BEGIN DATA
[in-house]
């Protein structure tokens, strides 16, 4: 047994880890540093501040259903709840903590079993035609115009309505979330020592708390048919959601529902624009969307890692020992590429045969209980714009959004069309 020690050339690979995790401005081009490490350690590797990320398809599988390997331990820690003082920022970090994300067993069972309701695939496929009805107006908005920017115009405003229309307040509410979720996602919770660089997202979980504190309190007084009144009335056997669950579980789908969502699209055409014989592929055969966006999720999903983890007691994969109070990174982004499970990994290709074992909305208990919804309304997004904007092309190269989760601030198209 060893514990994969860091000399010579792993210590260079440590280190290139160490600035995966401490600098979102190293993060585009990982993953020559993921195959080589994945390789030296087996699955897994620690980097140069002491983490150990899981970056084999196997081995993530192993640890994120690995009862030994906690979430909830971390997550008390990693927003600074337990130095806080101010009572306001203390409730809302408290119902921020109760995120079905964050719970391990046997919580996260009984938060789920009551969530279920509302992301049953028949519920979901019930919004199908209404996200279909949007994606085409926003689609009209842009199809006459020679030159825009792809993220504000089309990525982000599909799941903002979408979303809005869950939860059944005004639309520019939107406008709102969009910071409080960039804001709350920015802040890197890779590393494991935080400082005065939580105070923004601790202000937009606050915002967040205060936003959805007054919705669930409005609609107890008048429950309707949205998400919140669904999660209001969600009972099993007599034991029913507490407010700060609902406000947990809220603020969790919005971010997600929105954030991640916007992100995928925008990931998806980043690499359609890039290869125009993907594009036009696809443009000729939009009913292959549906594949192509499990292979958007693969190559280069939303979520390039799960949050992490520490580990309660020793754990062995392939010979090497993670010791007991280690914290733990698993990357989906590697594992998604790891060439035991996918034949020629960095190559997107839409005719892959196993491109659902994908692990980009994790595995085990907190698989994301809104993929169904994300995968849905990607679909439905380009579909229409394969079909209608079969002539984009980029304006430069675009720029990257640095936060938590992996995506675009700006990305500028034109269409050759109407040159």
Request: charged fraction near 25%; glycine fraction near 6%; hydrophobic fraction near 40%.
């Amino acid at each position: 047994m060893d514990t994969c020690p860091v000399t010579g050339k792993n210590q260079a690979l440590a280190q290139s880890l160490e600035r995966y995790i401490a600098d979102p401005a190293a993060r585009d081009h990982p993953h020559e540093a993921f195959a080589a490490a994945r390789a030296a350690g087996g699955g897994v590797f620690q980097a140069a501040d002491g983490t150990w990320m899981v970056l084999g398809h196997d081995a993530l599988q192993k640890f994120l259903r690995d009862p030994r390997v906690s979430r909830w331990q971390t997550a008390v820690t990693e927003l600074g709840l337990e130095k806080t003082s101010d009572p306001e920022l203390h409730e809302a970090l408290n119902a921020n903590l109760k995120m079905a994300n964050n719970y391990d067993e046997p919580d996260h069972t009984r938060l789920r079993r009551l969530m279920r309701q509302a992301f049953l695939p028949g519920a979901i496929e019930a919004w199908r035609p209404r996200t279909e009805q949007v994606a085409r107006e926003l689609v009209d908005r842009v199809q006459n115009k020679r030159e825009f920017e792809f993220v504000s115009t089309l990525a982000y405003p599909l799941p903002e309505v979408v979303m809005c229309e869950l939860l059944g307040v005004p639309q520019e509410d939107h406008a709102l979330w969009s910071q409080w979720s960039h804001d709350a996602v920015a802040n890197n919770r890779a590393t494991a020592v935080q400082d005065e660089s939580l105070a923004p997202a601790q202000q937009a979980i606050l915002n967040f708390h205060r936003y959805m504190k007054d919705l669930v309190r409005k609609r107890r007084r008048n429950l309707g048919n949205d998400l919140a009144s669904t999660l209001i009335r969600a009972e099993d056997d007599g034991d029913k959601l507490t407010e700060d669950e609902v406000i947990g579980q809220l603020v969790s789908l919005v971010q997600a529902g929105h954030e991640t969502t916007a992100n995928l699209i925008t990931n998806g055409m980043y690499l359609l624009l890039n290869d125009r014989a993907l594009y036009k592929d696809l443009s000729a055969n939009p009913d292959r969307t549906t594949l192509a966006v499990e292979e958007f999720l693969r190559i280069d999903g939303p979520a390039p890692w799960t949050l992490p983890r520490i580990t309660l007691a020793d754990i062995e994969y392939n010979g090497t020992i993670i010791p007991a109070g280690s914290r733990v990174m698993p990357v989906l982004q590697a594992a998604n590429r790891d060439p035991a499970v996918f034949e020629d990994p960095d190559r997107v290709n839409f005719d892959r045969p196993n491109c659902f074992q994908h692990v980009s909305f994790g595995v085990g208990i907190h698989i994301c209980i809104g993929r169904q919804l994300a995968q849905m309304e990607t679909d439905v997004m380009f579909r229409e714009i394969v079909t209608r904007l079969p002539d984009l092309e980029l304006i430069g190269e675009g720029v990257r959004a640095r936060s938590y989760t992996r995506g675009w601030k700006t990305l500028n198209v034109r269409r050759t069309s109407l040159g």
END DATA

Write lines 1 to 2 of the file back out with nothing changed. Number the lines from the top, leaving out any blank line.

[in-house]
């Protein structure tokens, strides 16, 4: 047994880890540093501040259903709840903590079993035609115009309505979330020592708390048919959601529902624009969307890692020992590429045969209980714009959004069309 020690050339690979995790401005081009490490350690590797990320398809599988390997331990820690003082920022970090994300067993069972309701695939496929009805107006908005920017115009405003229309307040509410979720996602919770660089997202979980504190309190007084009144009335056997669950579980789908969502699209055409014989592929055969966006999720999903983890007691994969109070990174982004499970990994290709074992909305208990919804309304997004904007092309190269989760601030198209 060893514990994969860091000399010579792993210590260079440590280190290139160490600035995966401490600098979102190293993060585009990982993953020559993921195959080589994945390789030296087996699955897994620690980097140069002491983490150990899981970056084999196997081995993530192993640890994120690995009862030994906690979430909830971390997550008390990693927003600074337990130095806080101010009572306001203390409730809302408290119902921020109760995120079905964050719970391990046997919580996260009984938060789920009551969530279920509302992301049953028949519920979901019930919004199908209404996200279909949007994606085409926003689609009209842009199809006459020679030159825009792809993220504000089309990525982000599909799941903002979408979303809005869950939860059944005004639309520019939107406008709102969009910071409080960039804001709350920015802040890197890779590393494991935080400082005065939580105070923004601790202000937009606050915002967040205060936003959805007054919705669930409005609609107890008048429950309707949205998400919140669904999660209001969600009972099993007599034991029913507490407010700060609902406000947990809220603020969790919005971010997600929105954030991640916007992100995928925008990931998806980043690499359609890039290869125009993907594009036009696809443009000729939009009913292959549906594949192509499990292979958007693969190559280069939303979520390039799960949050992490520490580990309660020793754990062995392939010979090497993670010791007991280690914290733990698993990357989906590697594992998604790891060439035991996918034949020629960095190559997107839409005719892959196993491109659902994908692990980009994790595995085990907190698989994301809104993929169904994300995968849905990607679909439905380009579909229409394969079909209608079969002539984009980029304006430069675009720029990257640095936060938590992996995506675009700006990305500028034109269409050759109407040159």